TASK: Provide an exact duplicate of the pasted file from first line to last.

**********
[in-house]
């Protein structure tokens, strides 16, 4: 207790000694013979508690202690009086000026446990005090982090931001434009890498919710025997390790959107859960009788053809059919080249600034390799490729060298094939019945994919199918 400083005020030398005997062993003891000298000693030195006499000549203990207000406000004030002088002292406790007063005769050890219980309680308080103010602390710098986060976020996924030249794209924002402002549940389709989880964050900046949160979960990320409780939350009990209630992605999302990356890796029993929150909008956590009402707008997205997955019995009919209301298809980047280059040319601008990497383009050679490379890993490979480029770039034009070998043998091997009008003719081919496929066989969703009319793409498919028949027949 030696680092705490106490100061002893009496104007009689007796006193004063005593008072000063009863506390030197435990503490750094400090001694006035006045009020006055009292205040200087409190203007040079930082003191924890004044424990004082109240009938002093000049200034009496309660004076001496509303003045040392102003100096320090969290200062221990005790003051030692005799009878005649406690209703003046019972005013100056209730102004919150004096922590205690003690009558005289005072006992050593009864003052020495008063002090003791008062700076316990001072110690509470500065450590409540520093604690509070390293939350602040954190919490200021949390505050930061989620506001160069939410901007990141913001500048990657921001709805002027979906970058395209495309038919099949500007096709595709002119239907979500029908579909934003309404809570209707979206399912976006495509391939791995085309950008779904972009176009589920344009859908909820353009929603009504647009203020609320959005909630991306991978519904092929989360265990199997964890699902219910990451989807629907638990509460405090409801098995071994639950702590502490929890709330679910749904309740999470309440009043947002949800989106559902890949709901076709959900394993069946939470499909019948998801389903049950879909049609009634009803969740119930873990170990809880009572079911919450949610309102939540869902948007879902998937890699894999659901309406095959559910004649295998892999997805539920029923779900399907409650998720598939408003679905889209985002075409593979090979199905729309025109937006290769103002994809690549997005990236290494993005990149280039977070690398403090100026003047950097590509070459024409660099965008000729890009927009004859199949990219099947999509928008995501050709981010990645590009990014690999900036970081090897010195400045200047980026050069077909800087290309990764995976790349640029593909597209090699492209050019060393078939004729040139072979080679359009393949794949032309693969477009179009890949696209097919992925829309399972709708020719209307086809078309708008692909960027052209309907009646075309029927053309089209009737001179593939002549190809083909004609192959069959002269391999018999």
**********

[in-house]
């Protein structure tokens, strides 16, 4: 207790000694013979508690202690009086000026446990005090982090931001434009890498919710025997390790959107859960009788053809059919080249600034390799490729060298094939019945994919199918 400083005020030398005997062993003891000298000693030195006499000549203990207000406000004030002088002292406790007063005769050890219980309680308080103010602390710098986060976020996924030249794209924002402002549940389709989880964050900046949160979960990320409780939350009990209630992605999302990356890796029993929150909008956590009402707008997205997955019995009919209301298809980047280059040319601008990497383009050679490379890993490979480029770039034009070998043998091997009008003719081919496929066989969703009319793409498919028949027949 030696680092705490106490100061002893009496104007009689007796006193004063005593008072000063009863506390030197435990503490750094400090001694006035006045009020006055009292205040200087409190203007040079930082003191924890004044424990004082109240009938002093000049200034009496309660004076001496509303003045040392102003100096320090969290200062221990005790003051030692005799009878005649406690209703003046019972005013100056209730102004919150004096922590205690003690009558005289005072006992050593009864003052020495008063002090003791008062700076316990001072110690509470500065450590409540520093604690509070390293939350602040954190919490200021949390505050930061989620506001160069939410901007990141913001500048990657921001709805002027979906970058395209495309038919099949500007096709595709002119239907979500029908579909934003309404809570209707979206399912976006495509391939791995085309950008779904972009176009589920344009859908909820353009929603009504647009203020609320959005909630991306991978519904092929989360265990199997964890699902219910990451989807629907638990509460405090409801098995071994639950702590502490929890709330679910749904309740999470309440009043947002949800989106559902890949709901076709959900394993069946939470499909019948998801389903049950879909049609009634009803969740119930873990170990809880009572079911919450949610309102939540869902948007879902998937890699894999659901309406095959559910004649295998892999997805539920029923779900399907409650998720598939408003679905889209985002075409593979090979199905729309025109937006290769103002994809690549997005990236290494993005990149280039977070690398403090100026003047950097590509070459024409660099965008000729890009927009004859199949990219099947999509928008995501050709981010990645590009990014690999900036970081090897010195400045200047980026050069077909800087290309990764995976790349640029593909597209090699492209050019060393078939004729040139072979080679359009393949794949032309693969477009179009890949696209097919992925829309399972709708020719209307086809078309708008692909960027052209309907009646075309029927053309089209009737001179593939002549190809083909004609192959069959002269391999018999």